EXPOSURE BASICS: USING EXPOSURE MODES - PART TWO
by Jamie Harrison
In this article, we’re going to look at the essential creative exposure modes on your Olympus camera. Knowing which mode to use and when will make it easier and faster for you to get perfect results every time.
A is for Aperture Priority Mode
Aperture priority mode allows you to select the aperture you want and the camera will then select the required shutter speed. This is great in daylight for portraits or for macro work, when you want to achieve shallow depth of field by using a wide aperture such as f/1.8 or f/2.8.
Similarly, if you’re shooting a landscape you may want to choose a very small aperture like f/16 for critical sharpness throughout the image from foreground to the distance. Whenever you want to maintain creative control over the amount of sharpness or depth of field of the image, pick aperture priority.
S is for Shutter Priority Mode
Shutter priority, as its name suggests, allows you to select the shutter speed while the camera then selects the correct corresponding aperture. I use shutter priority a lot when I’m shooting handheld in dark conditions, such as music or theatre photography. It’s important to have a reasonably fast shutter above 1/30sec to ensure no camera shake or subject movement.
When combined with a fast lens, such as the ZUIKO 45mm f/1.8 lens, using Shutter priority gives me a workable shutter speed with a wide aperture to shoot in the most hostile lighting conditions.
Sports and wildlife photographers will also appreciate the opportunity to pick a high shutter speed of up to 1/8000sec when shooting fast moving subjects. Alternatively, for dreamy waterscapes, night scenes or fireworks, a slower shutter speed of 1 second to several minutes would be the option to choose. Going slow requires a tripod, and in bright sun you may want to invest in some neutral density filters to eliminate overexposure if the aperture is too small.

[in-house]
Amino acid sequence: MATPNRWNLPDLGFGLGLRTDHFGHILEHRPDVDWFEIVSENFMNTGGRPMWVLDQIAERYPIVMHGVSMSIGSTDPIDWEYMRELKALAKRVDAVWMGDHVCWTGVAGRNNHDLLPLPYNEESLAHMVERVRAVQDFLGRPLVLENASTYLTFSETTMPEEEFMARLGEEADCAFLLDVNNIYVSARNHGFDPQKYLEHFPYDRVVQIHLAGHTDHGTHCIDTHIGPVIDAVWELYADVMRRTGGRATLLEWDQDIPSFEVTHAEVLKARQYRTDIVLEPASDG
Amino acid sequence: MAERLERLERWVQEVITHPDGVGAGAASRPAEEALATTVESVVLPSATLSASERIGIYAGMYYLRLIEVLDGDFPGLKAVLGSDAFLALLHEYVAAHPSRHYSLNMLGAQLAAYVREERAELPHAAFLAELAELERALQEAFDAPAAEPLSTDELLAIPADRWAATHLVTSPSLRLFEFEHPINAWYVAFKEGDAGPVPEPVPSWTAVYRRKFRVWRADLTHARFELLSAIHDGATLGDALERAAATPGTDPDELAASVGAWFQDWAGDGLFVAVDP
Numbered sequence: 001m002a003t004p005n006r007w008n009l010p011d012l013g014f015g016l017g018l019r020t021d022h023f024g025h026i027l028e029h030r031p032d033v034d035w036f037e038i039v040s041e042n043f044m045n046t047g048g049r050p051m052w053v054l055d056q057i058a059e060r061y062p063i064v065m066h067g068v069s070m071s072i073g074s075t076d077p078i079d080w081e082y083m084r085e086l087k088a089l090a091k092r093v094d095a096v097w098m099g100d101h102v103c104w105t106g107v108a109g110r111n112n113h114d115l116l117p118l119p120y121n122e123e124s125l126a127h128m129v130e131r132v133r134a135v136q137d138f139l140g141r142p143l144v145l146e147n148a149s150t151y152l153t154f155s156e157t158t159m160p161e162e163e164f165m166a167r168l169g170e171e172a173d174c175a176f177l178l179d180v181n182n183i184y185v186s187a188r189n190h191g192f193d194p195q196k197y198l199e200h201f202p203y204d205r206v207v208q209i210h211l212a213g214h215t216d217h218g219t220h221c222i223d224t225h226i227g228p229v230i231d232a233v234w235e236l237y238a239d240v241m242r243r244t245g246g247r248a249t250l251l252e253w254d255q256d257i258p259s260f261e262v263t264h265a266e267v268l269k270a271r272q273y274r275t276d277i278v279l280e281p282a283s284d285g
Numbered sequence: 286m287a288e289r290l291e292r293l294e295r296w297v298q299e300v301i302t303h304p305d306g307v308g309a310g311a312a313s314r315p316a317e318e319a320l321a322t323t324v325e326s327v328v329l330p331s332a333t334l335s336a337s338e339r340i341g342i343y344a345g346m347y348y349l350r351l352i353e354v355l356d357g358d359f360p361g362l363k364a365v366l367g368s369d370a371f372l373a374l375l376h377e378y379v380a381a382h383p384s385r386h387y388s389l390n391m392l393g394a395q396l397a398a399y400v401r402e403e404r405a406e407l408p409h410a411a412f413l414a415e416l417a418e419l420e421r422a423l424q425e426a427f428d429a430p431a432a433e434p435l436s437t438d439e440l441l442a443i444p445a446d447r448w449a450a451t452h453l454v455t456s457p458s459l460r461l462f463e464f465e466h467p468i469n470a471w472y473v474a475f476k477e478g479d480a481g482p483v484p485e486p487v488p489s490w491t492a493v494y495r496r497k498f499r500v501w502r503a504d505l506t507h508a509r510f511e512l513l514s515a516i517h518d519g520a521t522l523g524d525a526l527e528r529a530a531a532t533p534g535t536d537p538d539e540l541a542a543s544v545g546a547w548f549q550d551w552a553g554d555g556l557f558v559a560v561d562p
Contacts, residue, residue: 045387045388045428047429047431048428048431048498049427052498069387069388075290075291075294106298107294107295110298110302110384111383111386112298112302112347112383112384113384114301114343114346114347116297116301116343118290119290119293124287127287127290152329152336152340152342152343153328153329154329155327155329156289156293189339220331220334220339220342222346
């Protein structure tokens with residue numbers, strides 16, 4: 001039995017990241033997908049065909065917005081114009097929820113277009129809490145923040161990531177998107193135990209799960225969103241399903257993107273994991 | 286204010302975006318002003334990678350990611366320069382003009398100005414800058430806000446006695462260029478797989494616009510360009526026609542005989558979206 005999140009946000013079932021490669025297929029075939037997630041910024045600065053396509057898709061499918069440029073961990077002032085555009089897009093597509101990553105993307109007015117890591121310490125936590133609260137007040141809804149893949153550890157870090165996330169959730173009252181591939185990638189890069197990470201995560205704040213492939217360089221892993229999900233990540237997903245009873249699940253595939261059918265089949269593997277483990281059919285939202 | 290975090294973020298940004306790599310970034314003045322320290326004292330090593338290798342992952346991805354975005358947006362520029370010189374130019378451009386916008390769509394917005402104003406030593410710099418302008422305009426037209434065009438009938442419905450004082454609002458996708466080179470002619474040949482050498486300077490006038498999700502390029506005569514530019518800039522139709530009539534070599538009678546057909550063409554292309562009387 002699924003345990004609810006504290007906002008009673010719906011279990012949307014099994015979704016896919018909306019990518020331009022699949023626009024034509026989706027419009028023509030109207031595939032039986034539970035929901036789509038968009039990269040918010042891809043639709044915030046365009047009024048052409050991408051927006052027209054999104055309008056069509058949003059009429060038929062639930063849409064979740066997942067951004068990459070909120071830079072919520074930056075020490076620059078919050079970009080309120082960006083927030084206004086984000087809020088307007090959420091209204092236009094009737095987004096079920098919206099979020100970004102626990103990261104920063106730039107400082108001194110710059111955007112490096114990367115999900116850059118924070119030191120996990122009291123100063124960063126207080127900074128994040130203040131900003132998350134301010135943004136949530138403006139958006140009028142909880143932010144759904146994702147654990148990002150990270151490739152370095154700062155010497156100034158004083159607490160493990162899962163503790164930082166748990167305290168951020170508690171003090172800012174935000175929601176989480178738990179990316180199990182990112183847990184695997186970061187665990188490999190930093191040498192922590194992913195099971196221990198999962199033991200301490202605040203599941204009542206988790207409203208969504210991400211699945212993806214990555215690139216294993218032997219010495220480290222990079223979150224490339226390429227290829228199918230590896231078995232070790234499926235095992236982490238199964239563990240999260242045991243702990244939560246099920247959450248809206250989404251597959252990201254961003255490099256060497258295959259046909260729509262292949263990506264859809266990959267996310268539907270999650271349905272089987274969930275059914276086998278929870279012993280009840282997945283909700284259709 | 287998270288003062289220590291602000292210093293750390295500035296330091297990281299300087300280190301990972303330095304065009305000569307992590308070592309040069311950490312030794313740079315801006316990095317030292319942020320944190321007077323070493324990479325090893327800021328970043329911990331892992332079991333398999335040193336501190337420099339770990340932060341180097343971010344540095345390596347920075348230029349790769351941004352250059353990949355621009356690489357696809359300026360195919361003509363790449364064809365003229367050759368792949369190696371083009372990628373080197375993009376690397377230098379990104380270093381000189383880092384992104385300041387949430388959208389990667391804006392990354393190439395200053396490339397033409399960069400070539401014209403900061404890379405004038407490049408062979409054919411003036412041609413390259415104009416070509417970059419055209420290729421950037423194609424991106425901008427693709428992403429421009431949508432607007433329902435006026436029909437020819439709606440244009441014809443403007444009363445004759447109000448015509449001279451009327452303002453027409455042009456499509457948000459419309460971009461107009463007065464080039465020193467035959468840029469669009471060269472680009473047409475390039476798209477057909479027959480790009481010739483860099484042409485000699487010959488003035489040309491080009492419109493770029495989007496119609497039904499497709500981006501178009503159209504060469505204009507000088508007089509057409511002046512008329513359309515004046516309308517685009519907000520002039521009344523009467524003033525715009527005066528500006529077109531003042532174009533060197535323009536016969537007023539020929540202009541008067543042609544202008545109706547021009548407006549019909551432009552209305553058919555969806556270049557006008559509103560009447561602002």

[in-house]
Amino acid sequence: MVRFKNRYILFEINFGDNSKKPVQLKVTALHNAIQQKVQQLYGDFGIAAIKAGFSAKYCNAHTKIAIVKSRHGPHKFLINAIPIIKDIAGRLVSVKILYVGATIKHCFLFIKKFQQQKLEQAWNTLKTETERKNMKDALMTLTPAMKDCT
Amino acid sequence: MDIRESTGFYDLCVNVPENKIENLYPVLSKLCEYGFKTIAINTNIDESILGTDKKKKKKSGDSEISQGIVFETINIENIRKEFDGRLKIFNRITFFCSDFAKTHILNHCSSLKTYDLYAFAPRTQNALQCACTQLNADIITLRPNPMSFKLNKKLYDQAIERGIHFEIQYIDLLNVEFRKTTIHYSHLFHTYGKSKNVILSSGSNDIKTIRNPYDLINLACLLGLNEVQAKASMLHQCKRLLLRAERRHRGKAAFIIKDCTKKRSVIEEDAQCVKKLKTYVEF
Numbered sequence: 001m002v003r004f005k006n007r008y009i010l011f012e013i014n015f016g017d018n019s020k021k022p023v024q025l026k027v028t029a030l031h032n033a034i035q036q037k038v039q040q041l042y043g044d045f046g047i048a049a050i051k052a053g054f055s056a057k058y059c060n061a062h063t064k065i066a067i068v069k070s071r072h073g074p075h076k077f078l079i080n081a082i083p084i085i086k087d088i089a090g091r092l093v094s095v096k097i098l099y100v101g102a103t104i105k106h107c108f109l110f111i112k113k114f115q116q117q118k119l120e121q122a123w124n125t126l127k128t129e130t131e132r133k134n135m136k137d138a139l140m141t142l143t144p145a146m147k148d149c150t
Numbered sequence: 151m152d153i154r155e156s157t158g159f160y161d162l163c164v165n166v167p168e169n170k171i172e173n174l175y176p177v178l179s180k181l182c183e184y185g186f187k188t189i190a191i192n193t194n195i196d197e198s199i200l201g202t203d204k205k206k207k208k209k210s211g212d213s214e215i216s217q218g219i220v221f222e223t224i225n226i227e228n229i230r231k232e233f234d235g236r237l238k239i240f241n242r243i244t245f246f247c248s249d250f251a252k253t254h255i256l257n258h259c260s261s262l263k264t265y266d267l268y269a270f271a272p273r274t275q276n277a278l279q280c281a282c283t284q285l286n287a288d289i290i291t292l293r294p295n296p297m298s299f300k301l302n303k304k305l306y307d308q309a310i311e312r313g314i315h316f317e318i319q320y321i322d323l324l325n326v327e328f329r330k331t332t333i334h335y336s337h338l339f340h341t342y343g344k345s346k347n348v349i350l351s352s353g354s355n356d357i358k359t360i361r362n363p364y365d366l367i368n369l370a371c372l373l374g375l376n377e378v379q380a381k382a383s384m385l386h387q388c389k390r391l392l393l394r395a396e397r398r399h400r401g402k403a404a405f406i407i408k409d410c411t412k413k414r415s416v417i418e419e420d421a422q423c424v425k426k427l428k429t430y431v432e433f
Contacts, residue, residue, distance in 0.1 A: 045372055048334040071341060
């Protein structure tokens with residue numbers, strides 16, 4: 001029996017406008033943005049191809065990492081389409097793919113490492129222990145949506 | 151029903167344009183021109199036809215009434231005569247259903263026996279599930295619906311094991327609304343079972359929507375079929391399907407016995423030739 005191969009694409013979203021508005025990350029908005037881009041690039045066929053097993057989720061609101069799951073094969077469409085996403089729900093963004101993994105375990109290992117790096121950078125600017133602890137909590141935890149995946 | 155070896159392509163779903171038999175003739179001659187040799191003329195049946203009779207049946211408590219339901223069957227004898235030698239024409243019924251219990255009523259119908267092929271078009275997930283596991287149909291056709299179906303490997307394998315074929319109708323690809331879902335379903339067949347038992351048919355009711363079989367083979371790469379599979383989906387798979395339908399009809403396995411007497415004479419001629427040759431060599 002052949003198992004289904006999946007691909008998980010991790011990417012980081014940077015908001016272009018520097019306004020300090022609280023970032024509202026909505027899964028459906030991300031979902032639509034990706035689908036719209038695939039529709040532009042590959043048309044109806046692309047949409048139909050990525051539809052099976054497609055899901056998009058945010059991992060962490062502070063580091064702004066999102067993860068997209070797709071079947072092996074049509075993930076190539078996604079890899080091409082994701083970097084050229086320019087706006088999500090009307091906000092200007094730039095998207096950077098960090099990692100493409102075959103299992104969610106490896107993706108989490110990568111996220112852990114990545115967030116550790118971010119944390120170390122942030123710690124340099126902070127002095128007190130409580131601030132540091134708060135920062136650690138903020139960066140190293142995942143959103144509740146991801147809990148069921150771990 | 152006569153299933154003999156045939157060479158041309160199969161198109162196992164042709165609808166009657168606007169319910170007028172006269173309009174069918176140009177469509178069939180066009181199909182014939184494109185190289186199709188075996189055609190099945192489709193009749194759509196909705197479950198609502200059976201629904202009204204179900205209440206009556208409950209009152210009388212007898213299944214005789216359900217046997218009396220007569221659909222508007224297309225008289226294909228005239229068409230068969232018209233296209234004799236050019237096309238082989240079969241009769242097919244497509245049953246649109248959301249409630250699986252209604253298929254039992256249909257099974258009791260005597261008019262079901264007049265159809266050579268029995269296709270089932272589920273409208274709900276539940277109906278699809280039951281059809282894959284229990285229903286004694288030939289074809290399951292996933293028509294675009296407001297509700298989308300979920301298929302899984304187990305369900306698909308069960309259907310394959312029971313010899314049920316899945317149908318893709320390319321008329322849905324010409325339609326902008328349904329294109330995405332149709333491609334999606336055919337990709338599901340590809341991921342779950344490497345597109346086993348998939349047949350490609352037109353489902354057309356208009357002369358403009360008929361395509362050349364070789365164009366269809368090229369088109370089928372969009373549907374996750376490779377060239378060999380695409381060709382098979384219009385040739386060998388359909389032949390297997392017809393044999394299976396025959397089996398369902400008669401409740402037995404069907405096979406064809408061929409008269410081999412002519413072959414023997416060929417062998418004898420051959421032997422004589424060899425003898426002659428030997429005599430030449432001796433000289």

M is for Manual Mode
Manual mode gives you full control over both aperture and shutter speed. Theoretically, this means that you can choose any combination of aperture and shutter speed you like, but in practice you’re still limited by the light. For example, you may want to shoot at f/8 and 1/500sec, but in reality you may have an underexposed or overexposed image, because those settings just aren’t suitable for the light.
Follow your meter readings in the viewfinder or on your screen to ensure you get the right exposure.
If you’re a studio shooter, like me, then manual mode is the only choice. This is because flash limits your shutter speed choice to 1/250sec in order to properly record the flash duration (flash synchronization), so you can’t use aperture priority. Similarly, your camera can’t measure the flash output for your image, so you can’t let the camera decide on the aperture, so you can’t use shutter priority. You have to manually set the shutter speed and adjust the exposure with a combination of manual ISO, aperture and flash output settings.
Purists still like the control afforded by manual control though. It may take a little longer to work out the correct settings using the right metering mode and then adjust them using the reciprocal nature of aperture, shutter speed and ISO, but it’s worth the effort, if only to really gain a full appreciation and understanding of exposure.
How does the ISO speed fit into this?
For the most part, when using Manual, Aperture and Shutter Priority modes, set the ISO speed for the prevailing light conditions – ISO 200 for daylight, ISO 400 or 800 and higher for low light such as dawn and dusk or indoors.
Similarly, if you’re shooting in the studio, then ISO 100 or 200 will be your go-to setting. But here’s a twist that was unavailable with film photography.
In your ISO settings is an auto ISO function. This allows you to shoot in manual mode in changing lighting conditions, setting the exact shutter speed and aperture that you want for ultimate creative control. The camera will now automatically adjust the ISO sensitivity of the camera to give the right exposure for the settings you have chosen. You can even set a limit in the camera’s menu to make sure the ISO speed doesn’t go too high and produce too noisy results.